Toyota has named its new line of internal-combustion power plants "Dynamic Force Engines". To bring out the new engines' potential to the fullest, their basic structure was completely rethought using TNGA, and their overall structure and configuration were wholly innovated to achieve high-level driving and environmental performance. Work will continue to make the new engines even more advanced.
The new engines employ high-speed combustion technology and a variable control system. They also achieve greater thermal efficiency, resulting in high output, due to a reduction in energy losses associated with, among others, exhaust and cooling systems and the movement of mechanical parts. Their lineup includes a 2.5-liter engine that has one of the world's best thermal efficiencies*3―40 percent when used in gasoline-powered vehicles and 41 percent when used in hybrid vehicles (HVs). This new, thoroughly reconsidered and greatly evolved engine features numerous new technologies, such as technologies for minute control that make it highly responsive and allow it to generate ample torque at all speeds.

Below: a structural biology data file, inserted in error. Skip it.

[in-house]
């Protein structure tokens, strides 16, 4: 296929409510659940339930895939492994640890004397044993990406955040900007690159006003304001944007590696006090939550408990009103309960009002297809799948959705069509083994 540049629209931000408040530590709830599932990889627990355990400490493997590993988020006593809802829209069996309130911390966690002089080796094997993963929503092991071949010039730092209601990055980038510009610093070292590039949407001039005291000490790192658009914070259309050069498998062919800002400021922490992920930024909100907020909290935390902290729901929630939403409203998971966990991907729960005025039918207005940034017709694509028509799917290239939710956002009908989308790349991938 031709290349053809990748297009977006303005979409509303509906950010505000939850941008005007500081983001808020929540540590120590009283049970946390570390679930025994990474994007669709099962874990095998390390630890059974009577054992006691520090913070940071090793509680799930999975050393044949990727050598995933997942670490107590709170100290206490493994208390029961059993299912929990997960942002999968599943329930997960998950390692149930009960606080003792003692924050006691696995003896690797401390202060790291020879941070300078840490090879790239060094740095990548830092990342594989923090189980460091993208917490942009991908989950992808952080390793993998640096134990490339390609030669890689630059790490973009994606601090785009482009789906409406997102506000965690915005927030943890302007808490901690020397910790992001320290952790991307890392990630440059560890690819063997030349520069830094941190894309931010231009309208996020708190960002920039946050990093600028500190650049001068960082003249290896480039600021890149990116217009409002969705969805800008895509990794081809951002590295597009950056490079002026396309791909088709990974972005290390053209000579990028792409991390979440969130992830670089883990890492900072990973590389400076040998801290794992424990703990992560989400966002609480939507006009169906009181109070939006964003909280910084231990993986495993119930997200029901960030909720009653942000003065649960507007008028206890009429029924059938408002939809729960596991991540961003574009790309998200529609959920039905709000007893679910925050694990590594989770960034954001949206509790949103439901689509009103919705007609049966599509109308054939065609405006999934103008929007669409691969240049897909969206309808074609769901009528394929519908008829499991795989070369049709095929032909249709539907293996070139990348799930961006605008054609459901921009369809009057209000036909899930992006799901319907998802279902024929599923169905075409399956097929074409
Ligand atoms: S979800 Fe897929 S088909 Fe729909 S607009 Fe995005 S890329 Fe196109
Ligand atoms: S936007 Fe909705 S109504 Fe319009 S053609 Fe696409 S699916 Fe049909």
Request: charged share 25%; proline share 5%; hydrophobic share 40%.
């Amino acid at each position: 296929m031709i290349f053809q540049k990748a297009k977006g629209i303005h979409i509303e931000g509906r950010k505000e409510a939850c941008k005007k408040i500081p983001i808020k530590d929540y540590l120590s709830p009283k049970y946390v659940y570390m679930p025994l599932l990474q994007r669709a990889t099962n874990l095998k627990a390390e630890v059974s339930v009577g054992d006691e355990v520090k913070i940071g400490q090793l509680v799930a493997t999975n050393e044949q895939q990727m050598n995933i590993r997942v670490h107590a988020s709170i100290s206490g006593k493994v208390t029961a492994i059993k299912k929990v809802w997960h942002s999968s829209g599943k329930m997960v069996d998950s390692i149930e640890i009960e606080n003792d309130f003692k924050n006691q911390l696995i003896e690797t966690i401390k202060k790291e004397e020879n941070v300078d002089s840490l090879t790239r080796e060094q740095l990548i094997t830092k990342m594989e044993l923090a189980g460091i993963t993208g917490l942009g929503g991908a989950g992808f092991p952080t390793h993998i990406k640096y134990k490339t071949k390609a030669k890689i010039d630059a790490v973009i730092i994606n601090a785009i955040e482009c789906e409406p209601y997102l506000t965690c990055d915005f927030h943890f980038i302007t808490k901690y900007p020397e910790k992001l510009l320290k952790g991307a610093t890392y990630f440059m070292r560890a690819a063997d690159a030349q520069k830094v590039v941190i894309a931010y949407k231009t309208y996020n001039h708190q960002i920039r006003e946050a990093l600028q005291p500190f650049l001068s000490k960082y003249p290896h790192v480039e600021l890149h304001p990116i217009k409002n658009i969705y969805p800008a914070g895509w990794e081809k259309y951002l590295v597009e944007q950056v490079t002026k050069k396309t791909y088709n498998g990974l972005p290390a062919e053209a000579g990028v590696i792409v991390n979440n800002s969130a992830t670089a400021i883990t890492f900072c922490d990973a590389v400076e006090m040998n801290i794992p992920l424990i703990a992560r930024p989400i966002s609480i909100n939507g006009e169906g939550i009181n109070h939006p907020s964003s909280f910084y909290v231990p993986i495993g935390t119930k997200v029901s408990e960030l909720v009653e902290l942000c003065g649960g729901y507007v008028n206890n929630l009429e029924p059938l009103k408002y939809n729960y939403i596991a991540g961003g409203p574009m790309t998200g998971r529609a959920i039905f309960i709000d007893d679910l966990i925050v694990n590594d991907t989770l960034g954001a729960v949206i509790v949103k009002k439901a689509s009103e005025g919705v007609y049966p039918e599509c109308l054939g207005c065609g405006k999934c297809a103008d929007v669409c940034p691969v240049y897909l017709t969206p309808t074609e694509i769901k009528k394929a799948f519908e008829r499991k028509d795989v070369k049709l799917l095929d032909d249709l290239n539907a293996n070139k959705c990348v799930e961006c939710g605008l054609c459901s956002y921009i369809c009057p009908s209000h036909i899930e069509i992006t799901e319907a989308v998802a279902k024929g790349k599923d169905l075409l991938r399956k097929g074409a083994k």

Toyota has developed two new automatic transmissions―the 8-speed Direct Shift-8AT and the 10-speed Direct shift-10AT. For both, various measures were taken to minimize energy loss and heighten transmission efficiency. Gear tooth surfaces were processed using a new technique for a lower coefficient of friction when the gears engage, and the configuration of the friction material used inside the clutch was optimized to reduce clutch torque loss by approximately 50 percent during rotation (compared to a conventional 6-speed transmission). These and other efforts resulted in achieving one of the world's best transmission efficiencies*3. The new automatic transmissions are more compact and lighter than comparative conventional transmissions, lowering a vehicle's fuel requirements. And their lower center of gravity results in both improved straight-driving stability and better cornering stability.
Furthermore, widened gears and a newly developed high-performance compact torque convertor combine for a broader gear lockup range. The resulting quick and smooth response to accelerator pedal operation creates an "as desired" direct driving feel.
In the case of the Direct Shift-10AT, even though the number of gears has been increased to 10 (compared to eight gears in the case of the Direct Shift-8AT), the use of close-ratio gears optimizes the range of use of each gear, particularly in the low-to-mid speed range. The resulting smooth gear changes, which are among the world's quickest*3, create a rhythmical and comfortable sensation that is suitable for a premium rear-wheel-drive vehicle.